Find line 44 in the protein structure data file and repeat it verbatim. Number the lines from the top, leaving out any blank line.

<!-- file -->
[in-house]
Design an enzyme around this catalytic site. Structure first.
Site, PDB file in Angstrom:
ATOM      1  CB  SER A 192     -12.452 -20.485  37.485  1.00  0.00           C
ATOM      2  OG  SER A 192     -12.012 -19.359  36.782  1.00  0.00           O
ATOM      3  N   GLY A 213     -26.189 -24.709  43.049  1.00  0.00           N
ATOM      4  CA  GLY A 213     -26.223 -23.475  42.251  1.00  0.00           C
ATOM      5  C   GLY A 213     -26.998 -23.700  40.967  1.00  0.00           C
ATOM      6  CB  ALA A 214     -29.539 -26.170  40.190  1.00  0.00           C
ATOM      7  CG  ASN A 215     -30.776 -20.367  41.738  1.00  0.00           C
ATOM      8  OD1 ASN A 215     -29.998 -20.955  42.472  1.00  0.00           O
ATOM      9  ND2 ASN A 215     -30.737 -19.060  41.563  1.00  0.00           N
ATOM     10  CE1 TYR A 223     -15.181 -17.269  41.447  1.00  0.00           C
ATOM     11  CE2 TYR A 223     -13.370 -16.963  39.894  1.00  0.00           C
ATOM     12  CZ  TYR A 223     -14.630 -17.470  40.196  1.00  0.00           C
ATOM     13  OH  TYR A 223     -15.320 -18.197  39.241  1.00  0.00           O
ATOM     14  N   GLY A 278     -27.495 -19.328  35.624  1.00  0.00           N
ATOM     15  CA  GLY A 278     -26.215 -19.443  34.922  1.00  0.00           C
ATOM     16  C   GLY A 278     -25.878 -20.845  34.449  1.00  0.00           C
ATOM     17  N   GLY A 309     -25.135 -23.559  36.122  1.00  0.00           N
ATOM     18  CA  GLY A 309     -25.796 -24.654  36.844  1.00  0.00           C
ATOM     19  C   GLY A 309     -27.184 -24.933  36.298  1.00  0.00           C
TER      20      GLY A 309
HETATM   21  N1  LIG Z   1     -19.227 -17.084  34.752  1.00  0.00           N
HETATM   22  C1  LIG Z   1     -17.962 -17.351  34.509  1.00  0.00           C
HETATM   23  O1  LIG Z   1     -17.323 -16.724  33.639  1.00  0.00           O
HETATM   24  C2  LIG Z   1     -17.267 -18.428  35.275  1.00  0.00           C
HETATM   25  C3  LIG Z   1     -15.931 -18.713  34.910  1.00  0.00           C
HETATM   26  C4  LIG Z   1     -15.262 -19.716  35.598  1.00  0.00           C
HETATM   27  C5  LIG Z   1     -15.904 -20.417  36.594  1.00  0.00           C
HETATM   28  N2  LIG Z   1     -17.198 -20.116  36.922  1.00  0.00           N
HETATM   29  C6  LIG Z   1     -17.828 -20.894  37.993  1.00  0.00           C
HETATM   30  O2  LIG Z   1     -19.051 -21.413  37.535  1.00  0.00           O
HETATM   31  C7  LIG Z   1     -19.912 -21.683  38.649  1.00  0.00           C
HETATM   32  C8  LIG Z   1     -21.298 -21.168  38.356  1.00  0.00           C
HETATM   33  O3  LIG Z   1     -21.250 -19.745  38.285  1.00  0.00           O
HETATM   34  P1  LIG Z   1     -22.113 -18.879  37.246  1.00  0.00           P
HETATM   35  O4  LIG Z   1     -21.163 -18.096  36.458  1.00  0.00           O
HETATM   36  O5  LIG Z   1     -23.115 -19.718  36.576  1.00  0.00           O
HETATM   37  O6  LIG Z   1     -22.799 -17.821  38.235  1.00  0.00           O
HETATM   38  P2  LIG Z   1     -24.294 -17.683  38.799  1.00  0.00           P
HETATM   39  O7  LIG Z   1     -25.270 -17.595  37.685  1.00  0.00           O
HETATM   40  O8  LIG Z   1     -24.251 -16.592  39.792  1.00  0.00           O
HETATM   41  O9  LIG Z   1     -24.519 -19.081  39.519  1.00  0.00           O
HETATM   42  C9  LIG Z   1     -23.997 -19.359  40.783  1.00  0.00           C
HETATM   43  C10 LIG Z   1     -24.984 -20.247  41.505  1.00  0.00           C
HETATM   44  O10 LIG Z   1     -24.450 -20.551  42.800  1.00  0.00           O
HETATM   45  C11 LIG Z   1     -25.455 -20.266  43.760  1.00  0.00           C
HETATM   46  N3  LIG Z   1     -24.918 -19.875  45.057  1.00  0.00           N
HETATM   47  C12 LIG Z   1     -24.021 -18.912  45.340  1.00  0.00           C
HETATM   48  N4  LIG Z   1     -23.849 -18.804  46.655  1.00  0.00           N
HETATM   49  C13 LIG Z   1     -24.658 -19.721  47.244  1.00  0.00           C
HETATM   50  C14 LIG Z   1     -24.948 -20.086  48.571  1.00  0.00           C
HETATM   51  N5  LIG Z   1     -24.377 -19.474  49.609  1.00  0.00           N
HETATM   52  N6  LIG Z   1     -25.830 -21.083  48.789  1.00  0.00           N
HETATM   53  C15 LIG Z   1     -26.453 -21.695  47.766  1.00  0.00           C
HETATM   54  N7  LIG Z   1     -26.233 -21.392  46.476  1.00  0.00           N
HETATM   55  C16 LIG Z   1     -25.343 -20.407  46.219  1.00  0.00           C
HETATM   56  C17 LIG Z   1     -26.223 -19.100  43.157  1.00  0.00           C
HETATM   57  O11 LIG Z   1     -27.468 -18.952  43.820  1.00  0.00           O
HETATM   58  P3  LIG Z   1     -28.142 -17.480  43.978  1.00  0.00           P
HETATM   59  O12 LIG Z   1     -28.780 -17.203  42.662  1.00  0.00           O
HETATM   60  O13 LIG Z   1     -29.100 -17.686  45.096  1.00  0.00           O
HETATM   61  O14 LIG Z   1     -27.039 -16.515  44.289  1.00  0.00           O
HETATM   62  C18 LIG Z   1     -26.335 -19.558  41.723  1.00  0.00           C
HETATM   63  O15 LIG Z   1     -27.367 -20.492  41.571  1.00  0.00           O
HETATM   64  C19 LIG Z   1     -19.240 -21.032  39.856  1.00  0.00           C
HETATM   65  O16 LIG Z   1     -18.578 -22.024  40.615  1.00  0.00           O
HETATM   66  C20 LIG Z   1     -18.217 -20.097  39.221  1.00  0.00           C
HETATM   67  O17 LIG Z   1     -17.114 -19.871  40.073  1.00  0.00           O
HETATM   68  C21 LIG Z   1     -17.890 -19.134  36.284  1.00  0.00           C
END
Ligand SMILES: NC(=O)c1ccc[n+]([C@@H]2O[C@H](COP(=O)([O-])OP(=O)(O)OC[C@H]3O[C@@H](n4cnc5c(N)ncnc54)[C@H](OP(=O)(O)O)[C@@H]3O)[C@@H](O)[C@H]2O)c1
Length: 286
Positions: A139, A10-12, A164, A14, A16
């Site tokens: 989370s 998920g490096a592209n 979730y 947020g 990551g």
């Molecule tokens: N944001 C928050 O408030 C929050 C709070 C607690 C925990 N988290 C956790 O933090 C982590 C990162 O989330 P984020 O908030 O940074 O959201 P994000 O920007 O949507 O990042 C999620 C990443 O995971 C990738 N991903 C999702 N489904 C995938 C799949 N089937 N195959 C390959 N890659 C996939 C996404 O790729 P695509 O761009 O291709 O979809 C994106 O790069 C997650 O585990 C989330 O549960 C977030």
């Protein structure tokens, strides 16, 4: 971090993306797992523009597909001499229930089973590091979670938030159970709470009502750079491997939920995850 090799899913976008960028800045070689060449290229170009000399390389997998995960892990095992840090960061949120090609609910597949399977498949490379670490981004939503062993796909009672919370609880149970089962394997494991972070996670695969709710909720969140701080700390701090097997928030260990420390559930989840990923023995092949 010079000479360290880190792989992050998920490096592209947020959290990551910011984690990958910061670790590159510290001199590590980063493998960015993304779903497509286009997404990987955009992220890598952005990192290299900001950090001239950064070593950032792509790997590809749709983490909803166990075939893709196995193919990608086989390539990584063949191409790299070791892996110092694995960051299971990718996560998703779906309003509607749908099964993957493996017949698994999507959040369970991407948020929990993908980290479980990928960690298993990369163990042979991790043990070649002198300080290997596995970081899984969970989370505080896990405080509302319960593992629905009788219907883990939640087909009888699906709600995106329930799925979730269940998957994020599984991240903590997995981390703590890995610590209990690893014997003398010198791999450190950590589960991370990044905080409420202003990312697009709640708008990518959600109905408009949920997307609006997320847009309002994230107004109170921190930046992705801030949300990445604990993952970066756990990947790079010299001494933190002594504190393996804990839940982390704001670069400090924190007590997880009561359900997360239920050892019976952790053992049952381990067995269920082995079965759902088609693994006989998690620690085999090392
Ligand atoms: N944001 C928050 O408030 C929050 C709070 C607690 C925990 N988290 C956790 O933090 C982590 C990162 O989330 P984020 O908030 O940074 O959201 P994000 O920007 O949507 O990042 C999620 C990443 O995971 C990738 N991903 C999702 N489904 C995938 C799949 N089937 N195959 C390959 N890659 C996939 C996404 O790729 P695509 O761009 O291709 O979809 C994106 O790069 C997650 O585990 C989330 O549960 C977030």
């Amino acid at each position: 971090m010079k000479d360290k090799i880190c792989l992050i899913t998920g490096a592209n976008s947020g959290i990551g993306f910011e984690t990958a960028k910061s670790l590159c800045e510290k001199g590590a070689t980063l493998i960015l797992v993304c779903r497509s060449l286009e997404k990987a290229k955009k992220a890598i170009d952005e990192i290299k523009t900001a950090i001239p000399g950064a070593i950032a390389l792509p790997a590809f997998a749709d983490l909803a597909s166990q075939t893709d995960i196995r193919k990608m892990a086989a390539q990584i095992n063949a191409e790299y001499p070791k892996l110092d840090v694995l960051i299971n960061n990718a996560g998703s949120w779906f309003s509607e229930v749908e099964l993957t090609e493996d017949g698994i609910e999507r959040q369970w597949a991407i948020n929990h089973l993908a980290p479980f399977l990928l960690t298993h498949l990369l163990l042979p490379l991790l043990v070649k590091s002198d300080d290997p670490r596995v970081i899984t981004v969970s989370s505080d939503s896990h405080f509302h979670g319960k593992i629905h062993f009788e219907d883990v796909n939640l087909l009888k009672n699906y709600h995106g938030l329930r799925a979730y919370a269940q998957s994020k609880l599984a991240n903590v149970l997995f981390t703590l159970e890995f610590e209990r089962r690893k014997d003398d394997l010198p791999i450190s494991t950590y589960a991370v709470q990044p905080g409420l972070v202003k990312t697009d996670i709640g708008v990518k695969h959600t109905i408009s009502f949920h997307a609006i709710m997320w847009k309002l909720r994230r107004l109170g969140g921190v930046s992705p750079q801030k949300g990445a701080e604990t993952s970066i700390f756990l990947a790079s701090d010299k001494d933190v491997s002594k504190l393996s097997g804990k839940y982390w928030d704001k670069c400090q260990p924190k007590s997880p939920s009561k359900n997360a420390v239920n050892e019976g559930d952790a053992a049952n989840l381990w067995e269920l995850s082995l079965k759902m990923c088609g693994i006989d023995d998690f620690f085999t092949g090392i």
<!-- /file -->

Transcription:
HETATM   41  O9  LIG Z   1     -24.519 -19.081  39.519  1.00  0.00           O